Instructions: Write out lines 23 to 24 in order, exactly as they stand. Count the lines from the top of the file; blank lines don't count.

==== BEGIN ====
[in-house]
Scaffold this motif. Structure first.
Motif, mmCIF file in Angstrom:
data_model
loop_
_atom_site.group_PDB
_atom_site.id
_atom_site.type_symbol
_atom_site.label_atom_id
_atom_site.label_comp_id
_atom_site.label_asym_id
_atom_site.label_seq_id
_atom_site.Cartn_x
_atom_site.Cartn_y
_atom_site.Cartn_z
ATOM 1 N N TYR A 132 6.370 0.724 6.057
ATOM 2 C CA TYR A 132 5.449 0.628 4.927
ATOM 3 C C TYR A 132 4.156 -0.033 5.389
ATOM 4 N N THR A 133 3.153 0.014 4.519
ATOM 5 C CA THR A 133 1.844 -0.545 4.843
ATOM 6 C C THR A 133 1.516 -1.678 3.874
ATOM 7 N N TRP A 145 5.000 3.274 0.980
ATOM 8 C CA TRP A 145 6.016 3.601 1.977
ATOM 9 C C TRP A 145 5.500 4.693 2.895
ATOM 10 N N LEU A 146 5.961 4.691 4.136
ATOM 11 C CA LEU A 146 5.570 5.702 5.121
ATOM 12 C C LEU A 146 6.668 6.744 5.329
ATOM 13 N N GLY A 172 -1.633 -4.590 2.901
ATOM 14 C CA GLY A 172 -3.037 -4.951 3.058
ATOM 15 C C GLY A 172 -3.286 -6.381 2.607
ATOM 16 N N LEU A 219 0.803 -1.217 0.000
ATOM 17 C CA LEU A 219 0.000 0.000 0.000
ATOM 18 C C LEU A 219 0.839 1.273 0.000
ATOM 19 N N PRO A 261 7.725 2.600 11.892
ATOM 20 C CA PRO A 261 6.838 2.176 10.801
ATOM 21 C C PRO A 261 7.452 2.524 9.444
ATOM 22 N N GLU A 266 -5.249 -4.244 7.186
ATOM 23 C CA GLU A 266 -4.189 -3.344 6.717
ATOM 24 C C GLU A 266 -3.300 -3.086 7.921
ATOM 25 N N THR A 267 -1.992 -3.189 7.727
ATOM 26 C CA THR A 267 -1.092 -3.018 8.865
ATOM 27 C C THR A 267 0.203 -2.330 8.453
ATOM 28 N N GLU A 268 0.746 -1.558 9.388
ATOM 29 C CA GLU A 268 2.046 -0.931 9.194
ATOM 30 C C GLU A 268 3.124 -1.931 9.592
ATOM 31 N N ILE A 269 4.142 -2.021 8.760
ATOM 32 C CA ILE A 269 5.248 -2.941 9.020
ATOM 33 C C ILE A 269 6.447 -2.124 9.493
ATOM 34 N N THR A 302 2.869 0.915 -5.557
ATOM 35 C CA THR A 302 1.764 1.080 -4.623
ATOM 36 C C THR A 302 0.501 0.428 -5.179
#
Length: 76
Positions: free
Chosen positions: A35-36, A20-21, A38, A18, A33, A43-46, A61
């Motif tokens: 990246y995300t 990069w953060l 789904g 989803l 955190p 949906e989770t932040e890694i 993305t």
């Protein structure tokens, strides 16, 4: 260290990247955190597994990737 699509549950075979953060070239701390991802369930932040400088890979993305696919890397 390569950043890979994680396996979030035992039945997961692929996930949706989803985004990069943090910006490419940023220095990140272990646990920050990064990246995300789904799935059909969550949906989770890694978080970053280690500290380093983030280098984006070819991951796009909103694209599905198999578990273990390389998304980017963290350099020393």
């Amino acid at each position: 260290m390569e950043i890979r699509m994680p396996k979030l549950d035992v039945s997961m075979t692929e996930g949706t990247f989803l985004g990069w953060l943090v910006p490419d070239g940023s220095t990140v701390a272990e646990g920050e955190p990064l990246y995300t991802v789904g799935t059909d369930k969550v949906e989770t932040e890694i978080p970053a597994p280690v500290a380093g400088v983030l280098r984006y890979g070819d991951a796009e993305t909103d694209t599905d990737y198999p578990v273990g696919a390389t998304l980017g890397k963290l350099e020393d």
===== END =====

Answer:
ATOM 8 C CA TRP A 145 6.016 3.601 1.977
ATOM 9 C C TRP A 145 5.500 4.693 2.895